Working with the world-renowned Kew Gardens in London, Singapore has set up a new seed bank to help ensure survival of native plant populations against threats such as climate change, disease, and natural and man-made disasters. By James Teo.
Singapore, July 2019. Singapore’s first seed bank was officially launched in July by the National Parks Board (NParks), in a restored colonial-style house in the old Cluny Road quarter. The facility will include a seed biology lab, rooms for seed processing, and specialised storage freezers for seeds that will have storage capacity for up to 25,000 plant species. This is about half the total number of seeding plant species in the southeast Asia region, and more than double the number already cultivated in Singapore’s Botanic Gardens.
NParks will be working with Kew Gardens’ Millennium Seed Bank to learn best practices on the management of seeds from tropical plants. Several major private donors have helped in funding the new venture, and NParks will also be looking for public contributions to help pay for seed conservation work, through the new Garden City Fund.
“With increasing threats from diseases, natural disasters and climate change, the natural dispersal mechanisms of seeds may not be enough in future,” said Minister for National Development, Desmond Lee, at the launch. “Seed banking is a form of insurance for plant biodiversity. This (new project) enhances the Botanical Gardens' role in botanical conservation, research and education. It will also complement existing seed banking efforts for agriculture and forestry by research institutions globally, and ensure that we can conserve our natural heritage for the benefit of future generations."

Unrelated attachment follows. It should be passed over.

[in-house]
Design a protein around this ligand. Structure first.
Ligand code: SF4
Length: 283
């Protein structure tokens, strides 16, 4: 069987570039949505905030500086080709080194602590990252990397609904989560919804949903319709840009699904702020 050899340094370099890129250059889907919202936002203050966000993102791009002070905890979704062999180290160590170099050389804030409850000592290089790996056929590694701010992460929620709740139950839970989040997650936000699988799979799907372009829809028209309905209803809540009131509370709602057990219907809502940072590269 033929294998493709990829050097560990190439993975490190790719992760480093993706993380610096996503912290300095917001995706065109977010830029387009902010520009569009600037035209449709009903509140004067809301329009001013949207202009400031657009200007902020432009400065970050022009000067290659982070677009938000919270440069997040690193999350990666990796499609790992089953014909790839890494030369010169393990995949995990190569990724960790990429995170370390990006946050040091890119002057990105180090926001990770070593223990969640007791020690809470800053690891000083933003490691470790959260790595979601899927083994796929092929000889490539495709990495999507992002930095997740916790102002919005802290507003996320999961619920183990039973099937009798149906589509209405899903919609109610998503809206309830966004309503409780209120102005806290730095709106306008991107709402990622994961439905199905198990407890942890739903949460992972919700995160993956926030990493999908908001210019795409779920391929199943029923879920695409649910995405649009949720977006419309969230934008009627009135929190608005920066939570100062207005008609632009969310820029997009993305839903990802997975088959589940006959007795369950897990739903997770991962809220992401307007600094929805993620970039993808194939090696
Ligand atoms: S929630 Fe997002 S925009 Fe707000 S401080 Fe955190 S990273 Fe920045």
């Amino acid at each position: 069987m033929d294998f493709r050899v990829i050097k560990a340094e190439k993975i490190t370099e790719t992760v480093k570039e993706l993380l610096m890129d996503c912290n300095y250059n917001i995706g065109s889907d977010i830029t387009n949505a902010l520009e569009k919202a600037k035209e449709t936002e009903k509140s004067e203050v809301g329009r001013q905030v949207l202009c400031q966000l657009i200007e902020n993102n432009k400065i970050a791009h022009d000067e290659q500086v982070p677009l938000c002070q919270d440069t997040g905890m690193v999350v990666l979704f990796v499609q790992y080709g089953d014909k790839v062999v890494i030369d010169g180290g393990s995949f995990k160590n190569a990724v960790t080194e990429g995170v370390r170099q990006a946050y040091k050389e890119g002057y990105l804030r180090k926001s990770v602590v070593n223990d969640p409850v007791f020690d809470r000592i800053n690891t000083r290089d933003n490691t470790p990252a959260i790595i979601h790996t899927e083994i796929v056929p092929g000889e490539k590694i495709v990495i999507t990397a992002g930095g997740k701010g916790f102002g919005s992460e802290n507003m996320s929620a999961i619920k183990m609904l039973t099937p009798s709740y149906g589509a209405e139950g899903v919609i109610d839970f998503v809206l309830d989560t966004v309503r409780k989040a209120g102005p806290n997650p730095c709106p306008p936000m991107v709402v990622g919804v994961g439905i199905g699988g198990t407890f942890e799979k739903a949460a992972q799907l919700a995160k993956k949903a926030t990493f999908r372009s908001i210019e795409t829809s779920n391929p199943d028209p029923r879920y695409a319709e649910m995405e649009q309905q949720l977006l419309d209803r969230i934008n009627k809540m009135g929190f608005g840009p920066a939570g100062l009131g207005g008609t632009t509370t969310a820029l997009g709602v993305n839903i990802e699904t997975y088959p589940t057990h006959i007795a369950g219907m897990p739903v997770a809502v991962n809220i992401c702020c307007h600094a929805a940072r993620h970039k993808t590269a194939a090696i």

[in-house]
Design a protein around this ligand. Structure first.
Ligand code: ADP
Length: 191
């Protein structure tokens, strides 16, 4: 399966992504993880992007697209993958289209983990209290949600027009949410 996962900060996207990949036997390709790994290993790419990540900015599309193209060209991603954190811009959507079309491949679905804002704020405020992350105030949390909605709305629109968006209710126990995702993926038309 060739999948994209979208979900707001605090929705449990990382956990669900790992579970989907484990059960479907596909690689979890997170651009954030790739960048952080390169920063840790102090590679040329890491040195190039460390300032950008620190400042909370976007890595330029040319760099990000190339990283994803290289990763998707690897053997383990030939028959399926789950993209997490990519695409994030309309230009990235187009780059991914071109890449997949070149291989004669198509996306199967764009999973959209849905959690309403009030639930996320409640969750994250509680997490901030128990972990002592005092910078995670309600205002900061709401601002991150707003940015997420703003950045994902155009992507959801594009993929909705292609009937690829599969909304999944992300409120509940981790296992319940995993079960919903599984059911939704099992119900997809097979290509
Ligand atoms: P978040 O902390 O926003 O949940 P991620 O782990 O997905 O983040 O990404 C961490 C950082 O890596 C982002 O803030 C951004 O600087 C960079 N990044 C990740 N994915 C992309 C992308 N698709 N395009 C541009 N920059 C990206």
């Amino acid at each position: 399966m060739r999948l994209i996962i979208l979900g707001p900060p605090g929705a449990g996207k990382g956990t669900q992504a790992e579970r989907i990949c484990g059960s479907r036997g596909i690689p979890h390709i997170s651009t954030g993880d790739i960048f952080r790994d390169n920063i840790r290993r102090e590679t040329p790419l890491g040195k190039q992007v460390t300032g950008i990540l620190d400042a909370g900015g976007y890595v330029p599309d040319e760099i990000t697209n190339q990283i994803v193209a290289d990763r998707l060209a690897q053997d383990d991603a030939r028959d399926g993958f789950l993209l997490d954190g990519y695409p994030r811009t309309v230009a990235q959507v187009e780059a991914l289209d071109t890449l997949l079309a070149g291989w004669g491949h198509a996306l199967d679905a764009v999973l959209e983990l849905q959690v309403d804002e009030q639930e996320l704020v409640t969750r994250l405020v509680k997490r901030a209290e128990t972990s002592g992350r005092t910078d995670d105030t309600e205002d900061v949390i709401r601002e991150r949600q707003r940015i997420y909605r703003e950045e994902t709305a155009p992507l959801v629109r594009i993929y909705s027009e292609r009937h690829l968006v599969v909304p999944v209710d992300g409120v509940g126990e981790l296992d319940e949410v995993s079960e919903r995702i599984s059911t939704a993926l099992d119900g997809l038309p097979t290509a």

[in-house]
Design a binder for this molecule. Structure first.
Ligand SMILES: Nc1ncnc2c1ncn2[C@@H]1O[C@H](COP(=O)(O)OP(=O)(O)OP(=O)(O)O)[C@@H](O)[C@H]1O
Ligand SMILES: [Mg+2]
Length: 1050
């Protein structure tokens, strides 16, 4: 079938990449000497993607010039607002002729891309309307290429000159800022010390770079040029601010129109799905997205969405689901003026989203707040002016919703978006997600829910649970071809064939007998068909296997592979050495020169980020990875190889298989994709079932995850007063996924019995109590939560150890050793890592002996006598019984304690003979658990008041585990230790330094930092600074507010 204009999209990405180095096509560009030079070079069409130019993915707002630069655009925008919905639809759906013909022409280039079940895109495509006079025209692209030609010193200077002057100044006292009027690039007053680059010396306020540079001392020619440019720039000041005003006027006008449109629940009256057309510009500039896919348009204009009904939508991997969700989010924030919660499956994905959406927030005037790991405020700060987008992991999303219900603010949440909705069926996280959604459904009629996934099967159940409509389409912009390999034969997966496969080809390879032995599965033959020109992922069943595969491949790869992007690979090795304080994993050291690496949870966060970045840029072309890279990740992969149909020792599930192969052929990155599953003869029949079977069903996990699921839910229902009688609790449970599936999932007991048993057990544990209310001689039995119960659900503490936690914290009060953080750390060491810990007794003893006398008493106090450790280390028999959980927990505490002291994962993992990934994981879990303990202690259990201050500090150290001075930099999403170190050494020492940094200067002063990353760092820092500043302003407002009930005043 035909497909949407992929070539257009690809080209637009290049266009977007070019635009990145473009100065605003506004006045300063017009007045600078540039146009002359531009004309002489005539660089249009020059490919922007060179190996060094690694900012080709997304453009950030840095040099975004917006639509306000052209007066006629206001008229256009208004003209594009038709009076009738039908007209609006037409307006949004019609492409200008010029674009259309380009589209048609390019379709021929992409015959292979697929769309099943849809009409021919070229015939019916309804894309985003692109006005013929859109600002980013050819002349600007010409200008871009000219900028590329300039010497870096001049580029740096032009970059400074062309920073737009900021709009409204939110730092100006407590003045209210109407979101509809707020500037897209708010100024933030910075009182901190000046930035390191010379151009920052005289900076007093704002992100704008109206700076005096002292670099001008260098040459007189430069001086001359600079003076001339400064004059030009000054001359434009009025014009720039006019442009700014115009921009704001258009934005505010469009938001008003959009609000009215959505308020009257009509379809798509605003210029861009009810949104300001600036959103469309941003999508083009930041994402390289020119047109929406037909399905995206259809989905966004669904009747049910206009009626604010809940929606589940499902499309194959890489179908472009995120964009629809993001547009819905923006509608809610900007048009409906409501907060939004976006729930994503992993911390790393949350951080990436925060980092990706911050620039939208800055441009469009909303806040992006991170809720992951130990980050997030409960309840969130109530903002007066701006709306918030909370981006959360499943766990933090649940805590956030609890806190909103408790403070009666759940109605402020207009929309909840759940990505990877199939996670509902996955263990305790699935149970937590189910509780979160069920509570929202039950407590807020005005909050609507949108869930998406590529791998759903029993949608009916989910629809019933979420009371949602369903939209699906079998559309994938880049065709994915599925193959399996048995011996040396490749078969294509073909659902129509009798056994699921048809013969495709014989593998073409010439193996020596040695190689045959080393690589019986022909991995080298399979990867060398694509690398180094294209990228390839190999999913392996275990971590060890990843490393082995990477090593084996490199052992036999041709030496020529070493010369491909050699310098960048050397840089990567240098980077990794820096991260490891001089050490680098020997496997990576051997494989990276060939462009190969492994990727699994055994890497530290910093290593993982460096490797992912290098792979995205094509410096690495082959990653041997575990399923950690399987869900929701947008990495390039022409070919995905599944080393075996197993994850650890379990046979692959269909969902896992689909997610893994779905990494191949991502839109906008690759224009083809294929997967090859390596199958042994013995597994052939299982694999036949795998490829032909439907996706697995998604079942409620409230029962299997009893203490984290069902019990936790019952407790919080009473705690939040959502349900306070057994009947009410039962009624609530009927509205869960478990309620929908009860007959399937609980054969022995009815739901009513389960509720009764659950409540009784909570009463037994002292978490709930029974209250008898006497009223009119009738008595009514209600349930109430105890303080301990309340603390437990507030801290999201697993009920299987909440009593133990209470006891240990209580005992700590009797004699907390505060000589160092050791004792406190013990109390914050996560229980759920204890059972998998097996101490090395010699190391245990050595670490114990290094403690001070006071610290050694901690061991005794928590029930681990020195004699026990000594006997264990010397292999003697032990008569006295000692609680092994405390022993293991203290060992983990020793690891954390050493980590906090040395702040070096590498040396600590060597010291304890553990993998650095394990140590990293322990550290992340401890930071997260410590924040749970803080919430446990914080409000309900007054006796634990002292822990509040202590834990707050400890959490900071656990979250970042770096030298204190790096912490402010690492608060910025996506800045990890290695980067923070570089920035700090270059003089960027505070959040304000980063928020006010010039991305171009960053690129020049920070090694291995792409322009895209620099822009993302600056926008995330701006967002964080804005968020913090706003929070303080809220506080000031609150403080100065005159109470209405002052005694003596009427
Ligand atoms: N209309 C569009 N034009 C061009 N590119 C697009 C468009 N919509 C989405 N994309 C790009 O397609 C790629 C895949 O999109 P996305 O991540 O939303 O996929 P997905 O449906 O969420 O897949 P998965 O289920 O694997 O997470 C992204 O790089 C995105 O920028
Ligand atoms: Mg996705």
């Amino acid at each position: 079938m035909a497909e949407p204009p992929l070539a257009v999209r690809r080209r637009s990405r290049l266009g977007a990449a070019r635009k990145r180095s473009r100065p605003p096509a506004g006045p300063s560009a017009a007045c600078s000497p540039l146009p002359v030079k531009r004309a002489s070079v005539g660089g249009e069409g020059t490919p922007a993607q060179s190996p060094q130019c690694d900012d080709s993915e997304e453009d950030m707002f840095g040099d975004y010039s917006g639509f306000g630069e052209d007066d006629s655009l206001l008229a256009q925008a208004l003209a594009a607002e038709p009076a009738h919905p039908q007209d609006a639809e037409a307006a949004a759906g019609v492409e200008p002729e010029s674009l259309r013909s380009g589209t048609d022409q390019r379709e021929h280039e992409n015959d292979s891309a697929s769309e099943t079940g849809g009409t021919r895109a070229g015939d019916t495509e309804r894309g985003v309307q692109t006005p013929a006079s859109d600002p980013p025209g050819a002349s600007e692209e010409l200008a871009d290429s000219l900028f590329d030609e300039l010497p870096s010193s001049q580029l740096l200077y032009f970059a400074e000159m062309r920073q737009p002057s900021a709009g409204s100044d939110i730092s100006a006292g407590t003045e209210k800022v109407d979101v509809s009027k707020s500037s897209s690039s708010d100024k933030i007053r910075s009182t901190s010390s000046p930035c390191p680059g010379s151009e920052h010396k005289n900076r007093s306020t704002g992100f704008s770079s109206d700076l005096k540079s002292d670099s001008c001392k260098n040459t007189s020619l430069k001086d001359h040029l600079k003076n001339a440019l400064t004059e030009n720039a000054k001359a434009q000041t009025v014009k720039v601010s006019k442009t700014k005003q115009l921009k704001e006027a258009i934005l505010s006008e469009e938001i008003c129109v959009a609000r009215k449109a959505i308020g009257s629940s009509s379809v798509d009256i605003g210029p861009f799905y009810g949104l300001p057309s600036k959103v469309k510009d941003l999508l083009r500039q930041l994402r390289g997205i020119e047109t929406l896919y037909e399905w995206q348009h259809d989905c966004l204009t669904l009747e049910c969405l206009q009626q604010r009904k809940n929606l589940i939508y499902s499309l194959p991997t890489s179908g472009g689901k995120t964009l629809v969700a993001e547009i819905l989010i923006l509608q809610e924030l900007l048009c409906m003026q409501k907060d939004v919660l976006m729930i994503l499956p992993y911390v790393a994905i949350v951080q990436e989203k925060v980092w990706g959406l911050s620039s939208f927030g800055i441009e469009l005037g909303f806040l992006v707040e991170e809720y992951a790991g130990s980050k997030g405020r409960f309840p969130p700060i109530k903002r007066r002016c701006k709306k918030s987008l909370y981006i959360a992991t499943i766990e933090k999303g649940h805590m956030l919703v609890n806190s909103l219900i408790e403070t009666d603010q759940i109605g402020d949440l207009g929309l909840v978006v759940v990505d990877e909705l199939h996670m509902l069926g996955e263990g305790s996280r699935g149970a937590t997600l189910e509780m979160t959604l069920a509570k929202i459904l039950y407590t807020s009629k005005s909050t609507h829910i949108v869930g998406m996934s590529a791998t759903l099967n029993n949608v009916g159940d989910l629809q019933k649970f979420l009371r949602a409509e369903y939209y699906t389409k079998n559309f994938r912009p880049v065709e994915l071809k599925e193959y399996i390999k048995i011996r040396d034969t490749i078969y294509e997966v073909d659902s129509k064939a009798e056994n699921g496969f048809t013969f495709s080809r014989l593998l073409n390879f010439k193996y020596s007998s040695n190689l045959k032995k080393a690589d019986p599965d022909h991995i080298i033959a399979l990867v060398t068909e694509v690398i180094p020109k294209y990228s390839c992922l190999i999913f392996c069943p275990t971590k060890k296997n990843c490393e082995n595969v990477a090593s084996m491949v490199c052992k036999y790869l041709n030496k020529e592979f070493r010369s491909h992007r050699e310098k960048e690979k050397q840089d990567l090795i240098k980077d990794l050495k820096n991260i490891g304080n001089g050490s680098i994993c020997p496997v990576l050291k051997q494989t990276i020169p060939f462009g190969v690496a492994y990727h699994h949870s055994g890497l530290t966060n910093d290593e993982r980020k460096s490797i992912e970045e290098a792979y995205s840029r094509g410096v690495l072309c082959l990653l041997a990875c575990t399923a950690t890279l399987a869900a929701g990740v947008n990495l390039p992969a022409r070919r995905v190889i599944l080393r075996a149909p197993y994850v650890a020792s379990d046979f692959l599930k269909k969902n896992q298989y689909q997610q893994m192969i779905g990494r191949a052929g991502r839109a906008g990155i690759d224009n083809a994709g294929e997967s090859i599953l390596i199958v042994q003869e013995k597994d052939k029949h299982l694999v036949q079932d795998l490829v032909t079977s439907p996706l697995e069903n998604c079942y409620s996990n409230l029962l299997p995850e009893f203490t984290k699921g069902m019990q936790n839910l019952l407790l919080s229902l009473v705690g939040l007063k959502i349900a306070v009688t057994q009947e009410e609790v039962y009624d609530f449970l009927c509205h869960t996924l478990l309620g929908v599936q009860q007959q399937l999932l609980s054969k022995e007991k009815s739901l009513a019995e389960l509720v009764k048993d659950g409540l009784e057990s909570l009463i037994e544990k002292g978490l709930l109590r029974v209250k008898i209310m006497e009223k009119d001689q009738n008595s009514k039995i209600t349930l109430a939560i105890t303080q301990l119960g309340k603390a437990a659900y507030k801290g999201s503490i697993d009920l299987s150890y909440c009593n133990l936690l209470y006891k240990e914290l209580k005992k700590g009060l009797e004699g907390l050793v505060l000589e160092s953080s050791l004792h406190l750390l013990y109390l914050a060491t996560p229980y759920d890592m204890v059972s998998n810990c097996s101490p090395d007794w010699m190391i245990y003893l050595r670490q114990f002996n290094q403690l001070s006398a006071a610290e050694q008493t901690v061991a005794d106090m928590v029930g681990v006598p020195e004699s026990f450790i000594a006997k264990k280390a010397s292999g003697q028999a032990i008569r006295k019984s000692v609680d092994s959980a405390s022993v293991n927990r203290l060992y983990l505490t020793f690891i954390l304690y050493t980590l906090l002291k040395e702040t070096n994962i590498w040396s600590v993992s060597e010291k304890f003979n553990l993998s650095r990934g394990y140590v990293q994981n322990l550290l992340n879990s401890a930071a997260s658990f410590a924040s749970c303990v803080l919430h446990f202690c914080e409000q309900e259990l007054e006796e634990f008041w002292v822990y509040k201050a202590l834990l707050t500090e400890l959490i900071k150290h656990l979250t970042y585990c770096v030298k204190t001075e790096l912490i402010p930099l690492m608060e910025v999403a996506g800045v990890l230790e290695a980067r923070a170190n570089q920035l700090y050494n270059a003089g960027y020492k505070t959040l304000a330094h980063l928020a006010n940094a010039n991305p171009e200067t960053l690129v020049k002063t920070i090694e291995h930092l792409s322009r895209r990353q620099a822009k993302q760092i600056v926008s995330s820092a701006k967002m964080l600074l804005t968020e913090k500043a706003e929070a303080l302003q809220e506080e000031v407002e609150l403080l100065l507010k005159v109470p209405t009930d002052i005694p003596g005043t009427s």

One example of the critical role played by the seed conservators is the critically endangered Singaporean sub-species of Sepetir tree. Seed samples have been collected from one of the few known examples in Singapore, a heritage-classed tree that has survived on the seafront at Changi village. When there’s a need for habitat restoration in the future, the seeds stored in the bank can be used to create new plants.
The Seed Bank also houses a seed biology lab, rooms for seed processing and storage freezers. In-house scientists will conduct research on various long-term storage methods to keep seeds collected from tropical plants across the region. As Seed Bank director Ang Wee Foong said, "In Singapore many of our plant species are known to be critically endangered. But in recent years we have discovered new species that were thought to be extinct here. The seeds we conserve can be planted back here in the future."
Seed Bank scientists note that as well as seed collection and storage, research is also crucial to continually optimise seed storage procedures. They stress the need to understand the physiology of different seeds, for example those of dipterocarp trees, which are unable to endure the level of drying normally required for ongoing cold storage.
“These are known as recalcitrant seeds, and knowledge about them is limited – so research will be conducted to identify similar species and establish optimal storage conditions for them,” say the researchers.
As well as providing a valuable resource, the Seed Bank will be open to the public. Visitors will be able to learn about seed banking and conservation work in the display galleries, and staff and volunteers will run guided tours and public talks about the value of native seeds and flora conservation.
Originally called Mansfield Lodge when it was built in the 1920s as part of Raffles College campus, the new Seed Bank premises was designated as a Conserved Building in October 2006. Before that, it served as the college president’s house. Today it is in the front line of preserving valuable plant DNA.
“Plant populations are repositories of genetic diversity, and collecting seeds for storage helps to build a valuable resource for habitat restoration and species conservation,” say the Bank’s management. “Additionally, the Botanical Gardens will collaborate with other botanic gardens and research institutions on seed exchanges.”